18. ^ Minicy Catom Software Engineering Ltd. (1946-07-04). "Institute for Global Jewish Affairs – Global Antisemitism, Anti-Israelism, Jewish Studies". Archived from the original on 2010-06-13. Retrieved 2010-04-08.
  19. ^ Jean Ancel, "The Return of the Survivors from Transnistria," in David Bankier, ed., The Jews Are Coming Back (Yad Vashem, 2005), 241.
  20. ^ Levy, Richard S. (1939-01-30). Antisemitism: a historical ... - Google Książki. ISBN 9781851094394. Retrieved 2010-04-08.
  21. ^ Petö Andrea. "Népbiróság és vérvád az 1945 utáni Budapesten" (PDF). Archived from the original (PDF) on 2011-07-21. Retrieved 2010-04-08.
  22. ^ Kenez, Peter (2001). "Antisemitism in Post World War II Hungary - violence, riots; Communist Party policy | Judaism | Find Articles at BNET". Retrieved 2010-04-08.
  23. ^ "CS Magazin". CS Magazin. Retrieved 2010-04-08.
  24. ^ Mgr. Ivica Bumova, PhD. "Protizidovske vytrznosti v Bratislave v historicksom kontexte" (PDF). Studie Pamat Naroda. 28 (27 / 100) in PDF. The Jewish demands to return lost property caused and open resistance of a certain part of Slovak community. The frustration was transformed into anti-Jewish riots that took place in Bratislava and several other cities and villages... {{cite journal}}: Cite journal requires |journal= (help)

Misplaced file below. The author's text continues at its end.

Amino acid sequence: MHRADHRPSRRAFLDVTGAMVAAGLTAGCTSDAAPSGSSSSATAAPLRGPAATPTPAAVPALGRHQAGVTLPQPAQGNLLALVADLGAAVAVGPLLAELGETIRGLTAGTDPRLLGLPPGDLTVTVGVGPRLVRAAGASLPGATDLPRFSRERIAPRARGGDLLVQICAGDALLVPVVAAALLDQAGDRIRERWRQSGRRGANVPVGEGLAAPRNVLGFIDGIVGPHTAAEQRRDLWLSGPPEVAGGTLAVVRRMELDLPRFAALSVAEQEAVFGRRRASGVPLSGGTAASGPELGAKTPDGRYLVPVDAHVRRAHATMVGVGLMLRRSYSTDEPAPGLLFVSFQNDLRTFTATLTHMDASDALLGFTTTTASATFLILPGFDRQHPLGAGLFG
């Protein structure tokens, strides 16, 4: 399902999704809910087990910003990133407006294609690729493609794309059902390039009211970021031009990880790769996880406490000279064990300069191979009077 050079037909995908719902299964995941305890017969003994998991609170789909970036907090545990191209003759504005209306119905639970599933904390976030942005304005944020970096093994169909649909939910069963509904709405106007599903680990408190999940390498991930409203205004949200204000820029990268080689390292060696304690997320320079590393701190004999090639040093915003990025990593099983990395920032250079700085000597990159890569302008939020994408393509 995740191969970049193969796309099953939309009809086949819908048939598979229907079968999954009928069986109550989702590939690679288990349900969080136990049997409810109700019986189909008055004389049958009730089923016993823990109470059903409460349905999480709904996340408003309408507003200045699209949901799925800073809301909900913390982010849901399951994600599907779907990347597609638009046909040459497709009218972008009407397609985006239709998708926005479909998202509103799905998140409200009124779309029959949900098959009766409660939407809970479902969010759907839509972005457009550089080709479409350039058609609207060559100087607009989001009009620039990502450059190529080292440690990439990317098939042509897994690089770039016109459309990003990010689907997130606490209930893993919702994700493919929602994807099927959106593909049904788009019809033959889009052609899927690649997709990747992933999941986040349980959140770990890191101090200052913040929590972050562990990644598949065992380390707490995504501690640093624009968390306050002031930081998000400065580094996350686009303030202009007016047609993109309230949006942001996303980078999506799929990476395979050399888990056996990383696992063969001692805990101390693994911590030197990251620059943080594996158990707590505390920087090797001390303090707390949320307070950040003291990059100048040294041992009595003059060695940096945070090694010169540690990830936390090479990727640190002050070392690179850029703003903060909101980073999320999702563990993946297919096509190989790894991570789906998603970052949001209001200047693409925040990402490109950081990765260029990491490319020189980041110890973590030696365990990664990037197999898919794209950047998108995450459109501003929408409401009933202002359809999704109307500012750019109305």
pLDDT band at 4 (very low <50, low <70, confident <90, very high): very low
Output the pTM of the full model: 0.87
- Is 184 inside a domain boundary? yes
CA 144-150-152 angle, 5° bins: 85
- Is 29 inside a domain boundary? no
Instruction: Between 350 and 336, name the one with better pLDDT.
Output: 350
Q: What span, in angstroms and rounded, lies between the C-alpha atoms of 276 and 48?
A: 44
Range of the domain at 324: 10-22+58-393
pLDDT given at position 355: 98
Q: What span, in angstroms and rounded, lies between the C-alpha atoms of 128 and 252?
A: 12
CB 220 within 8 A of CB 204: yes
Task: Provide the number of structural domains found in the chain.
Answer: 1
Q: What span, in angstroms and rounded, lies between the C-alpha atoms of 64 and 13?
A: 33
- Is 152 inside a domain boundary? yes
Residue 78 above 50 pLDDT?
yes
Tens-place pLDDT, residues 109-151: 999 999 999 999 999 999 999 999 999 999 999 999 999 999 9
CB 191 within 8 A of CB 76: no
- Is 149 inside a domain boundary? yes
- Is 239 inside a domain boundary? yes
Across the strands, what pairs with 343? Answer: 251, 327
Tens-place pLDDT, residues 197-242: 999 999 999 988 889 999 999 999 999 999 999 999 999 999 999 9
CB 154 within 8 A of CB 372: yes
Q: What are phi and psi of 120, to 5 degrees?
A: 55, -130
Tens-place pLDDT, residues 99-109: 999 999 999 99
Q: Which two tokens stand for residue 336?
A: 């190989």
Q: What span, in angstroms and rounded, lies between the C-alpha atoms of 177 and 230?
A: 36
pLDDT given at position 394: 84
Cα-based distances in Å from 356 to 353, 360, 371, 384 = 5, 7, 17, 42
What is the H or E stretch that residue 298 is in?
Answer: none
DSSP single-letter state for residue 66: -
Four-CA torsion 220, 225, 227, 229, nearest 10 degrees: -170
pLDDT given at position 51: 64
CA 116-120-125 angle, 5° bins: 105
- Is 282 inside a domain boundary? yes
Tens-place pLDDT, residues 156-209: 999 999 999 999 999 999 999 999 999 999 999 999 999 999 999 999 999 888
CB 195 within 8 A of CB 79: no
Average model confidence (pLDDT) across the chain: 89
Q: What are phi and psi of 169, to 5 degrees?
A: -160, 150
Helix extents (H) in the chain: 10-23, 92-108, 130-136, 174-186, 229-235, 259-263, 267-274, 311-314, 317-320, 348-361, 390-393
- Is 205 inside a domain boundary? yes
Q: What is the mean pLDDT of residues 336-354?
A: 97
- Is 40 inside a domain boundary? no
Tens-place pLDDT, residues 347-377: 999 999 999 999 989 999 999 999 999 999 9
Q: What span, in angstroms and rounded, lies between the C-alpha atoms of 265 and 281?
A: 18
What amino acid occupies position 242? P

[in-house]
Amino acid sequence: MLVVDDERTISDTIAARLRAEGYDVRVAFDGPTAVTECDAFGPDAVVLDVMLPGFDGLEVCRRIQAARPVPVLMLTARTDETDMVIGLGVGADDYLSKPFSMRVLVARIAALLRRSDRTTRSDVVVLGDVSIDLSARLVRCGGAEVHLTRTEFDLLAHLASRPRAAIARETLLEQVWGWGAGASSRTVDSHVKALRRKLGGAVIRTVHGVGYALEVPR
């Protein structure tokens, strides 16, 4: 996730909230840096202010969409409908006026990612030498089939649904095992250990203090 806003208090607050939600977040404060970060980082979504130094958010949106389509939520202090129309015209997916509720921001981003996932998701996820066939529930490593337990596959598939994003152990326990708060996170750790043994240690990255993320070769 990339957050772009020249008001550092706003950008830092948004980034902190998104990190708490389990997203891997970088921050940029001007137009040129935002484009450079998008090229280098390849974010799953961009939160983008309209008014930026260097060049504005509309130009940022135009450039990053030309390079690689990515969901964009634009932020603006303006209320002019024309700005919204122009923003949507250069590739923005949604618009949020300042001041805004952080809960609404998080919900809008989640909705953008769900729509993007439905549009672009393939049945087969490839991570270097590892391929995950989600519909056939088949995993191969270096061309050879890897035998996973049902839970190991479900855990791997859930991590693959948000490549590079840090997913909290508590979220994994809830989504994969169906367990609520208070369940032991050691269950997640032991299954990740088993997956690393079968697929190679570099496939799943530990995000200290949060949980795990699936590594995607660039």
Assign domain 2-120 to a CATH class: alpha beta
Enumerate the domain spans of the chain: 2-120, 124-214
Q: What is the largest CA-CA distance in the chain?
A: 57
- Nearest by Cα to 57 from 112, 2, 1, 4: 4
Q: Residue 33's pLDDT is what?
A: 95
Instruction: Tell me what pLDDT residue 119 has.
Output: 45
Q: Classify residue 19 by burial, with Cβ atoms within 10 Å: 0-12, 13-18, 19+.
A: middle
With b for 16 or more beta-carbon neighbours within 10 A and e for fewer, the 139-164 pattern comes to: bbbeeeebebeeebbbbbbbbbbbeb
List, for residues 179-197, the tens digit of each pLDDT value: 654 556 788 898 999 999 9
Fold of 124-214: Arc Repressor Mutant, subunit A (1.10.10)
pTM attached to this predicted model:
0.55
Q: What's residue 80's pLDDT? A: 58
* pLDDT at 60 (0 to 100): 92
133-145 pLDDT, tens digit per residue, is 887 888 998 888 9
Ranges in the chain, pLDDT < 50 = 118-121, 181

25. ^ Protizidovske nepokoje v Bratislave - August 1946 - August 1948. Archived 2013-06-23 at the Wayback Machine
  26. ^ "State-sponsored Anti-Semitism in Postwar USSR. Studies and Research Perspectives; Antonella Salomoni". Quest. Issues in Contemporary Jewish History / Questioni di storia ebraica contemporanea. 2 April 2010. Retrieved 2012-07-26.
  27. ^ Amir Weiner. Making Sense of War: The Second World War and the Fate of the Bolshevik Revolution. Princeton University Press. 2008. p. 192.
  28. ^ Redlich, Shimon; Anderson, Kirill Mikhaĭlovich; Altman, I. (1995). War, Holocaust and Stalinism: a ... - Google Książki. ISBN 9783718657391. Retrieved 2010-04-08.

Further reading[edit]